prediction_type = :probabilistic,
 supports_online = false,
 supports_weights = false,
 input_scitype = Table{_s23} where _s23<:Union{AbstractArray{_s25,1} where _s25<:Continuous, AbstractArray{_s25,1} where _s25<:Count, AbstractArray{_s25,1} where _s25<:OrderedFactor},
 target_scitype = AbstractArray{_s226,1} where _s226<:Finite,
 output_scitype = Unknown,)

julia> i.input_scitype
Table{_s23} where _s23<:Union{AbstractArray{_s25,1} where _s25<:Continuous, AbstractArray{_s25,1} where _s25<:Count, AbstractArray{_s25,1} where _s25<:OrderedFactor}

julia> i.target_scitype
AbstractArray{_s226,1} where _s226<:Finite

Container element types

Models in MLJ will always apply the MLJ convention described in MLJScientificTypes.jl to decide how to interpret the elements of your container types. Here are the key features of that convention:

  • Any AbstractFloat is interpreted as Continuous.

  • Any Integer is interpreted as Count.

  • Any CategoricalValue or CategoricalString, x, is interpreted as Multiclass or OrderedFactor, depending on the value of x.pool.ordered.

  • Strings and Chars are not interpreted as Multiclass or OrderedFactor (they have scitypes Textual and Unknown respectively).

  • In particular, integers (including Bools) cannot be used to represent categorical data. Use the preceding coerce operations to coerce to a Finite scitype.

Use coerce(v, OrderedFactor) or coerce(v, Multiclass) to coerce a vector v of integers, strings or characters to a vector with an appropriate Finite (categorical) scitype. For more on scitype coercion of arrays and tables, see coerce, autotype and unpack below.

To designate an intrinsic "true" class for binary data (for purposes of applying MLJ measures, such as truepositive), data should be represented by an ordered CategoricalValue or CategoricalString. This data will have scitype OrderedFactor{2} and the "true" class is understood to be the second class in the ordering.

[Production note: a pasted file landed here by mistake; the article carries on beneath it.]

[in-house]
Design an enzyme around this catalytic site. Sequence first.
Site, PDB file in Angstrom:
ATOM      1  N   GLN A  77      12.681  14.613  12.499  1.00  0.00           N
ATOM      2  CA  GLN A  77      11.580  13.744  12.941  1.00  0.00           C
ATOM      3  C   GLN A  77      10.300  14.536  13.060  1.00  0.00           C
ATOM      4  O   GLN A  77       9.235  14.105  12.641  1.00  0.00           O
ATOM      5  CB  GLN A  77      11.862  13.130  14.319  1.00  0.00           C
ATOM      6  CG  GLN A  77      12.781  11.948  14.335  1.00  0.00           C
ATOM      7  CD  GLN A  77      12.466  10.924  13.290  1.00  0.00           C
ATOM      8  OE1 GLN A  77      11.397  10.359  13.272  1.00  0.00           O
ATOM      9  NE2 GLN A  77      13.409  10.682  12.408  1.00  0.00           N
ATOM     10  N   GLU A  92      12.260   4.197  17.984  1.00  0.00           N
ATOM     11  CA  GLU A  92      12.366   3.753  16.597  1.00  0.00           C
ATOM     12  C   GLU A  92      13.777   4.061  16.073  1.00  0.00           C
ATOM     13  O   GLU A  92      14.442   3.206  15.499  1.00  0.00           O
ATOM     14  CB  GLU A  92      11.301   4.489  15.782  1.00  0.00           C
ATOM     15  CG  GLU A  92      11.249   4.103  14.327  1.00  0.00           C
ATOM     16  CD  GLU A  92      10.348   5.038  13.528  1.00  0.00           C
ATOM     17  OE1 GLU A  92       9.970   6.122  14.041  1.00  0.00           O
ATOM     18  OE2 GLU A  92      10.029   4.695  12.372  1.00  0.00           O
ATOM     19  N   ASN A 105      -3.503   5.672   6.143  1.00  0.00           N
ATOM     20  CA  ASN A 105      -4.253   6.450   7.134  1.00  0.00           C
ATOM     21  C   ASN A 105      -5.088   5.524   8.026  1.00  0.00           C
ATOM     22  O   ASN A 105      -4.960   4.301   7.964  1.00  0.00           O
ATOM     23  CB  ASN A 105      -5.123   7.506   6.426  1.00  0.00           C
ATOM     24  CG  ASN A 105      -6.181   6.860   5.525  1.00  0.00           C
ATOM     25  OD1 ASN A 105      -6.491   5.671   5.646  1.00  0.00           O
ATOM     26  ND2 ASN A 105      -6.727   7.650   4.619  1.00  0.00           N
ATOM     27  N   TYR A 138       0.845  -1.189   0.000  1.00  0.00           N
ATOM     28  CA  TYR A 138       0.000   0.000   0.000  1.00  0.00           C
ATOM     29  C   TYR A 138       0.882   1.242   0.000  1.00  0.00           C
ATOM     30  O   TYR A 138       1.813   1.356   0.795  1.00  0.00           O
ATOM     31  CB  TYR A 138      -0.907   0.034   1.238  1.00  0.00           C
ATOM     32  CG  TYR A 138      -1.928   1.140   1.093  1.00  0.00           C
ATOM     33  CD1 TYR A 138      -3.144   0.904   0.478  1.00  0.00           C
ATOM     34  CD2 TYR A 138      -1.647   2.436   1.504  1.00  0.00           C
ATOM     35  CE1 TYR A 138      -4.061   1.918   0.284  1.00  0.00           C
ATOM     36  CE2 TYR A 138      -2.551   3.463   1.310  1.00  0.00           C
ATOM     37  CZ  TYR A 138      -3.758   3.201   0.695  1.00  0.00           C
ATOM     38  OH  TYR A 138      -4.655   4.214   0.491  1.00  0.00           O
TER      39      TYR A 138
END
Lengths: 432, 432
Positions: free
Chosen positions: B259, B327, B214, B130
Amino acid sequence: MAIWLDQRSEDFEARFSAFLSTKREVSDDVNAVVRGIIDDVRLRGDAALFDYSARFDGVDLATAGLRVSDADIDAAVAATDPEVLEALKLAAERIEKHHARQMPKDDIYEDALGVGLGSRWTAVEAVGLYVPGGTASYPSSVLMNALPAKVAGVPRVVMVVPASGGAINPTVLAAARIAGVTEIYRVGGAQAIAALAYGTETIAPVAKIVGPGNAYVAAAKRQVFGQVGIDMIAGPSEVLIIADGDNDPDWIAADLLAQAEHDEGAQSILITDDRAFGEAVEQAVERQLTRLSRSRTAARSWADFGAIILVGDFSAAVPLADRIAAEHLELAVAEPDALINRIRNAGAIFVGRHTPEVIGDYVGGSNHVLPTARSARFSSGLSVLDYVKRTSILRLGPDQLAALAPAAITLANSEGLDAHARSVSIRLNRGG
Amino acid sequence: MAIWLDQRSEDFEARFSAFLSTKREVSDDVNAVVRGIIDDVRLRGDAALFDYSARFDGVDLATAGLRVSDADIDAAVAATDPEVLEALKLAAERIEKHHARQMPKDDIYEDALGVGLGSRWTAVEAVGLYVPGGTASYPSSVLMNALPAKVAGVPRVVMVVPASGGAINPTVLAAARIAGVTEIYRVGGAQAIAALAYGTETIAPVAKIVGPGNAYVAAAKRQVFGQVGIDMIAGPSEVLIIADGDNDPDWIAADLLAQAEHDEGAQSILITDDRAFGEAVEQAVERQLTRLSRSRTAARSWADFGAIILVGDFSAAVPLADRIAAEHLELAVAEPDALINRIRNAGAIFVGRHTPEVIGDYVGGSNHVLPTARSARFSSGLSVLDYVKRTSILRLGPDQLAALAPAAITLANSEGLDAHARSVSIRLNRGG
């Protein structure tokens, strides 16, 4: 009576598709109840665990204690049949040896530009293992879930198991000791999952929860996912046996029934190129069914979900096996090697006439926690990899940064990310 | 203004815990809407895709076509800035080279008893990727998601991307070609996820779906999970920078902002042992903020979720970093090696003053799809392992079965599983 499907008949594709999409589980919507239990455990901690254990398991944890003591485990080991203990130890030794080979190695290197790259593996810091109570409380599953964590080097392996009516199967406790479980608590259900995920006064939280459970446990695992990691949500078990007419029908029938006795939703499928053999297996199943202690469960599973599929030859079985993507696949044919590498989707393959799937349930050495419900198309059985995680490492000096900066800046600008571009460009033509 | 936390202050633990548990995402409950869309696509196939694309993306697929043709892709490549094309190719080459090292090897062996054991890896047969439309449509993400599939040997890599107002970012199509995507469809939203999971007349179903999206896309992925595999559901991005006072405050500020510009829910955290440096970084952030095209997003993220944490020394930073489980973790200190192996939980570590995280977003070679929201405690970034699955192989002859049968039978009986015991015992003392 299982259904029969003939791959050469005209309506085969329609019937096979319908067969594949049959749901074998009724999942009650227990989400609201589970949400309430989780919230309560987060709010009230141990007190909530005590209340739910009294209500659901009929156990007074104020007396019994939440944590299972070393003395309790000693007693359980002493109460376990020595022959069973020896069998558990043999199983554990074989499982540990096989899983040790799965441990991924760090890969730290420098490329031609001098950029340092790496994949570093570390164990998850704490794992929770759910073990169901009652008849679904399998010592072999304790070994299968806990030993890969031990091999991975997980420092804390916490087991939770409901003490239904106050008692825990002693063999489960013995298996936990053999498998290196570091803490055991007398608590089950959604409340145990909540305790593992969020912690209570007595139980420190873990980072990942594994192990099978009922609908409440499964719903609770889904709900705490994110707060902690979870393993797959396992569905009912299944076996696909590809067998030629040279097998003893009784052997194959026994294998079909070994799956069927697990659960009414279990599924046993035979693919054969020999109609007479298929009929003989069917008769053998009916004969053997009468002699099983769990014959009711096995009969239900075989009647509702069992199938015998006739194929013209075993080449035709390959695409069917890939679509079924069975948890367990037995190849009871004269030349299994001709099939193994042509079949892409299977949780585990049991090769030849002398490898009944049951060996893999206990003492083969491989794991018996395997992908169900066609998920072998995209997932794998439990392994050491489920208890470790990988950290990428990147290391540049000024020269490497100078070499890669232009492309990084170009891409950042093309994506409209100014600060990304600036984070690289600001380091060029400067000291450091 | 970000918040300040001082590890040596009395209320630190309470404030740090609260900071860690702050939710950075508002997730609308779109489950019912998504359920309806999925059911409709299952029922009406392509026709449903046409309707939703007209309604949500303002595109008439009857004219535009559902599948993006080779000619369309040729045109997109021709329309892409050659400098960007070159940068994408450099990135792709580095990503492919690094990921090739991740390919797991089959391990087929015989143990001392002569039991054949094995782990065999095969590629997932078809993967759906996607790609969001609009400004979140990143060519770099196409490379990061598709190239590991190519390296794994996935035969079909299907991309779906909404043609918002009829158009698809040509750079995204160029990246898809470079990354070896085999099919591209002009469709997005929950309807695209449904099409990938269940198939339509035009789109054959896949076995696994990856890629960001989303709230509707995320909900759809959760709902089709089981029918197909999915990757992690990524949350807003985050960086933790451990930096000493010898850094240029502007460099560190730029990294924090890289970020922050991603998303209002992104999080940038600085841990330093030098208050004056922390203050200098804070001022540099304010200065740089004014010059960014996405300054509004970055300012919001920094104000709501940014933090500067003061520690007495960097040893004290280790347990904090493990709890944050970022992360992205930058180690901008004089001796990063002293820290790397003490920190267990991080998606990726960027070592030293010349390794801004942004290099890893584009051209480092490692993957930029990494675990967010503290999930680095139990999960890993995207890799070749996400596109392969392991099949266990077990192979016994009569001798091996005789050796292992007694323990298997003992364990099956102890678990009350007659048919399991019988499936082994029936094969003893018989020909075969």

coerce(A, ...; tight=false, verbosity=1)

Given a table A, return a copy of A ensuring that the scitype of the columns match new specifications. The specifications can be given as a a bunch of colname=>Scitype pairs or as a dictionary whose keys are names and values are scientific types:

coerce(X, col1=>scitype1, col2=>scitype2, ... ; verbosity=1)
coerce(X, d::AbstractDict; verbosity=1)

One can also specify pairs of type T1=>T2 in which case all columns with scientific element type subtyping Union{T1,Missing} will be coerced to the new specified scitype T2.


Specifiying (name, scitype) pairs:

using CategoricalArrays, DataFrames, Tables
X = DataFrame(name=["Siri", "Robo", "Alexa", "Cortana"],
              height=[152, missing, 148, 163],
              rating=[1, 5, 2, 1])
Xc = coerce(X, :name=>Multiclass, :height=>Continuous, :rating=>OrderedFactor)
schema(Xc).scitypes # (Multiclass, Continuous, OrderedFactor)

Specifying (T1, T2) pairs:

X  = (x = [1, 2, 3],
      y = rand(3),
      z = [10, 20, 30])
Xc = coerce(X, Count=>Continuous)
schema(Xfixed).scitypes # (Continuous, Continuous, Continuous)
autotype(X; kw...)

Return a dictionary of suggested scitypes for each column of X, a table or an array based on rules


  • only_changes=true: if true, return only a dictionary of the names for which applying autotype differs from just using the ambient convention. When coercing with autotype, only_changes should be true.
  • rules=(:few_to_finite,): the set of rules to apply.
t1, t2, ...., tk = unnpack(table, f1, f2, ... fk;


Split any Tables.jl compatible table into smaller tables (or vectors) t1, t2, ..., tk by making selections without replacement from the column names defined by the filters f1, f2, ..., fk. A filter is any object f such that f(name) is true or false for each column name::Symbol of table.

Whenever a returned table contains a single column, it is converted to a vector unless wrap_singles=true.

Scientific type conversions can be optionally specified (note semicolon):

unpack(table, t...; wrap_singles=false, col1=>scitype1, col2=>scitype2, ... )

If shuffle=true then the rows of table are first shuffled, using the global RNG, unless rng is specified; if rng is an integer, it specifies the seed of an automatically generated Mersenne twister. If rng is specified then shuffle=true is implicit.


julia> table = DataFrame(x=[1,2], y=['a', 'b'], z=[10.0, 20.0], w=[:A, :B])
julia> Z, XY = unpack(table, ==(:z), !=(:w);
               :x=>Continuous, :y=>Multiclass)
julia> XY
2×2 DataFrame
│ Row │ x       │ y            │
│     │ Float64 │ Categorical… │
│ 1   │ 1.0     │ 'a'          │
│ 2   │ 2.0     │ 'b'          │

julia> Z
2-element Array{Float64,1}: